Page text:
In this podcast episode, Chris Rivers, Jim Taylor, and Brian Darnell discuss the significance of Pentecost in the context of the church. This conversation explores the historical context of Pentecost and the importance of the Holy Spirit's coming to dwell within believers individually and the church as a body.
- The word Pentecost means “fiftieth” and refers to a feast that was celebrated in Israel 50 days after Passover. The festival was a one-day harvest festival where the Israelites celebrated the first grain harvest. In the book of Acts, Pentecost is the day the Holy Spirit descended on the disciples, empowering them to preach the gospel in different languages.
- After Jesus' crucifixion, resurrection, and ascension, his followers were waiting and praying for the promised arrival of the Holy Spirit. When the day of Pentecost arrived, they heard a rushing wind, and fire descended and divided, resting on each disciple. They spoke in tongues, and people from different nations heard God's message in their own languages.
- Fire symbolizes God's presence, and this visible fiery presence of God was now not just in one location, but was divided among all people. It was a significant reversal of how people had encountered God for millennia. Previously, all nations had to come to the temple in Jerusalem to get close to God, but now God disperses himself to all nations. Instead of a separation and a thick veil in the temple, there is now direct access to God without any barriers.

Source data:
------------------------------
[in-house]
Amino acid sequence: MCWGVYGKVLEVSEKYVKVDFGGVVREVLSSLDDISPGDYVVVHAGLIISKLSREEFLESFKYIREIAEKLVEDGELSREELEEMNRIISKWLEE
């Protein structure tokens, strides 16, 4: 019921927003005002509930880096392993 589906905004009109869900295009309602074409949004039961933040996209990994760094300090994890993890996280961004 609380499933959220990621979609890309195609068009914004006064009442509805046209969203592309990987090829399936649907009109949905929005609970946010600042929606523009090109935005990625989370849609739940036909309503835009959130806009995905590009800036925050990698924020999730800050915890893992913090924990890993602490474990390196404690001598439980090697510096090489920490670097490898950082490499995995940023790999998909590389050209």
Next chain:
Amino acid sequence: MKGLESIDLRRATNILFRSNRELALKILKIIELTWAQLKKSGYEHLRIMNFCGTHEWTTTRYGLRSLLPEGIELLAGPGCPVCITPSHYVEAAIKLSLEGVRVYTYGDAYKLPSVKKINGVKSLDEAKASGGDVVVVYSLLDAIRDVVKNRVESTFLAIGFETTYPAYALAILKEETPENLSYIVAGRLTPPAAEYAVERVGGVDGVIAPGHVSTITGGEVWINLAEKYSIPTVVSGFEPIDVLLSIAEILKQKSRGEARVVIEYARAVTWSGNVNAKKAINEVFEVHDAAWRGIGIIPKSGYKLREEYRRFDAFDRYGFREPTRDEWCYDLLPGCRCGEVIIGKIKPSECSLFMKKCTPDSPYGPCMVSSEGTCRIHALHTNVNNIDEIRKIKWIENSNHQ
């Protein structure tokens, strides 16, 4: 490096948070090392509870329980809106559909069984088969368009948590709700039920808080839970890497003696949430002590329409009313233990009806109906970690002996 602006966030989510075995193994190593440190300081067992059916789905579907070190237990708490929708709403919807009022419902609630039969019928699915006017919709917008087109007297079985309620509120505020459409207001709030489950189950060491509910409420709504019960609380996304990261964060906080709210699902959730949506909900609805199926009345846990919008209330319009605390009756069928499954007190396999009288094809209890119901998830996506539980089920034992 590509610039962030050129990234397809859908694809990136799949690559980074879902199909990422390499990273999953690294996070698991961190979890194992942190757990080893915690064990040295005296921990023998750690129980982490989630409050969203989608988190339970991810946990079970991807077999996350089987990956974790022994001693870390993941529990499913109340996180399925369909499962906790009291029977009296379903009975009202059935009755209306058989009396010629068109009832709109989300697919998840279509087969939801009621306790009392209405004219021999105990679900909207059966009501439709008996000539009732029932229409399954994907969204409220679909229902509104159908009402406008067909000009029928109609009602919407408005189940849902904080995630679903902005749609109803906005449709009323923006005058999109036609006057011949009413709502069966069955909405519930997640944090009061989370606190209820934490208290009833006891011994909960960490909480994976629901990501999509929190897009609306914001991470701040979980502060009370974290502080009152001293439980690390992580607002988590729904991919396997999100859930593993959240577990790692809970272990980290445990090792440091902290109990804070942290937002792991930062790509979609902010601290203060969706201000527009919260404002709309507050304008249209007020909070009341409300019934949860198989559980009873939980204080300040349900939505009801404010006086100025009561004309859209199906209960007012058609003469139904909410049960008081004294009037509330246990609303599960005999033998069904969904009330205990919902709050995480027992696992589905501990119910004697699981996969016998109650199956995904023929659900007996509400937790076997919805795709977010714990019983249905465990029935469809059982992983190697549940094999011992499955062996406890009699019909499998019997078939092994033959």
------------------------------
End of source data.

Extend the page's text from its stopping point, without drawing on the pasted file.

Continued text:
- The significance of the Spirit coming on Pentecost fifty days after Passover reminds us of the fruit or harvest of Jesus' work. Jesus came, lived a perfect life, died in our place, and rose again. Through our faith in him, his righteousness is imputed to us. Wherever God dwells has to be a holy place, and the only way God can inhabit a sinful person is through faith in the work of Jesus. So, the harvest of Jesus' work comes to fruition by the Spirit coming and living inside believers. Through Pentecost, believers become the new temple of God.
- As a result, Pentecost is not just another day on the calendar that comes and goes every year, but a day worth celebrating and reflecting on what it means to have the Holy Spirit living inside us as believers.
QUESTIONS FOR REFLECTION
- How does understanding the historical context of Pentecost change your view of the holiday?
- What are some implications of the Spirit indwelling you that you haven’t considered previously?
- How does understanding the Spirit’s corporate indwelling of the church change how you think about the gathered church and biblical community?
- How can we honor the significance of Pentecost in our church and personal lives?
If you have questions about this episode or you have an idea for a future episode, please visit the podcast page and click on "Ask Chris and Scott."